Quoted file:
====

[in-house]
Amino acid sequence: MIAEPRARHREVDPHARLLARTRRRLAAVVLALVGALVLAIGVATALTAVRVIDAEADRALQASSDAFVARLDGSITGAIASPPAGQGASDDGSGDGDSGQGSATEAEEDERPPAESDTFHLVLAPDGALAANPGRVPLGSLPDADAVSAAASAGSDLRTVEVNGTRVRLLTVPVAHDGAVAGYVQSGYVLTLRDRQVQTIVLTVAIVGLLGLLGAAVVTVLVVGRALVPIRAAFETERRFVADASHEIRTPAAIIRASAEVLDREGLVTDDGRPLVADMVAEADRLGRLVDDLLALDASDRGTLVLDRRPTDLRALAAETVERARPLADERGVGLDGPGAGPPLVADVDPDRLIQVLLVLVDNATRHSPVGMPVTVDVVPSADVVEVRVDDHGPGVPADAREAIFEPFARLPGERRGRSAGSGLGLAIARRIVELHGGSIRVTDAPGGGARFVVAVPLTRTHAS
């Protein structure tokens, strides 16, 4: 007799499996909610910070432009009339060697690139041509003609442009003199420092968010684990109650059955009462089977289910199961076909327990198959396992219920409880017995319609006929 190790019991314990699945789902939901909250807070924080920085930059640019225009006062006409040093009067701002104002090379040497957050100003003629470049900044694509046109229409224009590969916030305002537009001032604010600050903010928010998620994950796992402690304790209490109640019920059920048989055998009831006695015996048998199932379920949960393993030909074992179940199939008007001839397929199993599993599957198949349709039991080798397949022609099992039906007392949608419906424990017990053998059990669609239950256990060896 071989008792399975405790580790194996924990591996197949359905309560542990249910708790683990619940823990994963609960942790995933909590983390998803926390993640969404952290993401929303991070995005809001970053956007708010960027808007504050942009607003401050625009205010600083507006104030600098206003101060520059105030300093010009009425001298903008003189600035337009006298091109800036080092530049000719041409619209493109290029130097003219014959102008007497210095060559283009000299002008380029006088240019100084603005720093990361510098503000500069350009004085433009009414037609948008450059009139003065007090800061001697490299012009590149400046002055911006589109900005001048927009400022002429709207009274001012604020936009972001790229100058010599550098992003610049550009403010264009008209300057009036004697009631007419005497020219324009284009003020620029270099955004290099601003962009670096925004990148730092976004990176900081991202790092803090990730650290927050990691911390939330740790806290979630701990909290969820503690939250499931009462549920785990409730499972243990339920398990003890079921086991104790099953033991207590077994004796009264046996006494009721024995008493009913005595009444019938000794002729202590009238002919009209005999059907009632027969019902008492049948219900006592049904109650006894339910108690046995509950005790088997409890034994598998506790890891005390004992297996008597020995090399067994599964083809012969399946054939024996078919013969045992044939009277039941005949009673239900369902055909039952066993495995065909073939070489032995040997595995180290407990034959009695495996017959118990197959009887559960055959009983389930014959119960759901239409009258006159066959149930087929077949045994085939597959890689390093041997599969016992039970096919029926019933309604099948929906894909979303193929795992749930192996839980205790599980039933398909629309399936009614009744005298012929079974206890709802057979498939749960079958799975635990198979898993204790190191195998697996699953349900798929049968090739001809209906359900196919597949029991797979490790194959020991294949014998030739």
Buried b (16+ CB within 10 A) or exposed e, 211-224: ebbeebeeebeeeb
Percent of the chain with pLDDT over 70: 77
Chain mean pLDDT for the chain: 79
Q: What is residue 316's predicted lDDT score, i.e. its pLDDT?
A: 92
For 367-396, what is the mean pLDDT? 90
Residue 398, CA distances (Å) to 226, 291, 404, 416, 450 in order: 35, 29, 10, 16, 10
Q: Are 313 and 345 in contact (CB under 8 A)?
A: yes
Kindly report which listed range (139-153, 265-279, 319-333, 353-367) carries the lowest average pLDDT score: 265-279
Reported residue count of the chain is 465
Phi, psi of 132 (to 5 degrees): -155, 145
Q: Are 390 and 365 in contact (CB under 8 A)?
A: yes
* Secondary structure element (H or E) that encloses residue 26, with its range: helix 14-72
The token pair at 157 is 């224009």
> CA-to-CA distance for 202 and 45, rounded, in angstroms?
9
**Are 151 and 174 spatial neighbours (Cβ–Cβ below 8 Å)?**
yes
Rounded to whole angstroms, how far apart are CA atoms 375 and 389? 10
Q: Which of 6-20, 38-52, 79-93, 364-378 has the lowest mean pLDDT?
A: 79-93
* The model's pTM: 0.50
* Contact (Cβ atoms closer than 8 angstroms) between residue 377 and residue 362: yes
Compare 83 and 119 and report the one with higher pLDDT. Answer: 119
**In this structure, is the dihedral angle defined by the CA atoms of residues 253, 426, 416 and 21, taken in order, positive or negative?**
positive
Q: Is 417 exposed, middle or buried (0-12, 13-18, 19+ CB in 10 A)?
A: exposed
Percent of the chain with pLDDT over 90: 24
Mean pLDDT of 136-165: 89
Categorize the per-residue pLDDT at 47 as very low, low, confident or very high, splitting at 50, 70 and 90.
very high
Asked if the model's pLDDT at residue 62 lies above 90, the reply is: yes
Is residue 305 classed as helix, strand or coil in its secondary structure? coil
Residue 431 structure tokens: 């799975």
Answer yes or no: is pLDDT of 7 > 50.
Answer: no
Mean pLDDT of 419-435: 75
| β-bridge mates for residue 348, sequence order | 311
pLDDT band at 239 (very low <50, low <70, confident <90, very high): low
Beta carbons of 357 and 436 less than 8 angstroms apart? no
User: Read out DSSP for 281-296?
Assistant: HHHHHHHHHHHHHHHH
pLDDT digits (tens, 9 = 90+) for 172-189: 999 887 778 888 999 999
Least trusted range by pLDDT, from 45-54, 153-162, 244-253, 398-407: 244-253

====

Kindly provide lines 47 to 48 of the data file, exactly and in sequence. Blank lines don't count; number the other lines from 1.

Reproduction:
User: Read out DSSP for 281-296?
Assistant: HHHHHHHHHHHHHHHH